Name / Description

Baltic Sea





Size (sq. miles)


Part of / Flows

North Sea/Atlantic



Additional Notes

Arm of the Atlantic Ocean, bet. 54�N and 66�N, including the Kattegat strait, its NW extension. The �resund, Store Baelt, and Lille Baelt connect the Baltic Sea with the Kattegat and Skagerrak straits, which lead to the North Sea; the Kiel Canal, across the Jutland peninsula, is a more direct connection with the North Sea. The Gulf of Bothnia, the Gulf of Finland, and the Gulf of Riga are the chief arms of the Baltic Sea.

Most of the Baltic is shallow, and its tides are less pronounced than those of the North Sea. The salinity of the sea is reduced by the many rivers that enter it (the Oder, Vistula, Dvina, Torn�lven, Ume�lv, Angerman�lven, and Dal�lven), and parts of the sea freeze over in winter.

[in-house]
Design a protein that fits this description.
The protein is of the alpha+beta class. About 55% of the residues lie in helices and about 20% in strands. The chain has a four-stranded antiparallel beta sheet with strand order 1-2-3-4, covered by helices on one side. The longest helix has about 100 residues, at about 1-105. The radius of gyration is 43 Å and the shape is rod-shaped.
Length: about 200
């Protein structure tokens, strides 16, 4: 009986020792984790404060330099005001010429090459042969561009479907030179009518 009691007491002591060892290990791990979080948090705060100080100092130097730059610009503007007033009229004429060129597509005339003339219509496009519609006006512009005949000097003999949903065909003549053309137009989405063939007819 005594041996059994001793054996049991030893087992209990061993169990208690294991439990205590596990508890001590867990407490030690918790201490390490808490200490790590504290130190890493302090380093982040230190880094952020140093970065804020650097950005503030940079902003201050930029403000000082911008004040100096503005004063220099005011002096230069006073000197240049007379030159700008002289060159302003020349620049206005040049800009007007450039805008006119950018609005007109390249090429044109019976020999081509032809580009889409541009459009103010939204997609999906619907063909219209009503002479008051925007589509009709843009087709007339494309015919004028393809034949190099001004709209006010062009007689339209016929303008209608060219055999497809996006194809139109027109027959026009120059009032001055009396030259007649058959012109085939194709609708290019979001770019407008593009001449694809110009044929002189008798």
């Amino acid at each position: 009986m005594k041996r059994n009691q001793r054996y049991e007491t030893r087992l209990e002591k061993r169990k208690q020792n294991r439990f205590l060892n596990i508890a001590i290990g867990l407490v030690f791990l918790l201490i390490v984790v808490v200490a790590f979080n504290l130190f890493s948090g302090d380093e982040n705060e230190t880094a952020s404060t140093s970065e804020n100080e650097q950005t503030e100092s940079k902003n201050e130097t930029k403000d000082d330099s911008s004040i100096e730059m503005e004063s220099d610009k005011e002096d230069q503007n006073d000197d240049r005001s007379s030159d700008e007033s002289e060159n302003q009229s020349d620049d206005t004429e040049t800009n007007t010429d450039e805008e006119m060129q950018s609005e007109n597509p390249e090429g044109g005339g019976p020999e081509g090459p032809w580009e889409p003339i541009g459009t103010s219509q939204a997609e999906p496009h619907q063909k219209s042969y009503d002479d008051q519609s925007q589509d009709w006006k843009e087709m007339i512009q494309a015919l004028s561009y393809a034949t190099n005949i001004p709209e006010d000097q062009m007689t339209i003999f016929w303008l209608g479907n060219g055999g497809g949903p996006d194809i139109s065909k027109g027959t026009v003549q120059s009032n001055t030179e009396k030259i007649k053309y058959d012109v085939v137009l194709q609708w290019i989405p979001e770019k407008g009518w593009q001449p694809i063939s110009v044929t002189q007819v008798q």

The Baltic was frequented from ancient times, especially because of the amber found along the coast. In the late Middle Ages commerce on the Baltic was dominated by the Hanseatic League. Copenhagen, Szczecin, Gdansk, Riga, St. Petersburg, Helsinki, and Stockholm are the chief ports. The Baltic Sea is connected with the White Sea by the White Sea�Baltic Canal, and with the Volga R. by the Volga-Baltic Waterway.

Related Images

Opens to the west into North Sea.

Related Water Bodies

North Sea

Related Source

Seafarers, Merchants and Pirates in the Middle Ages (2006)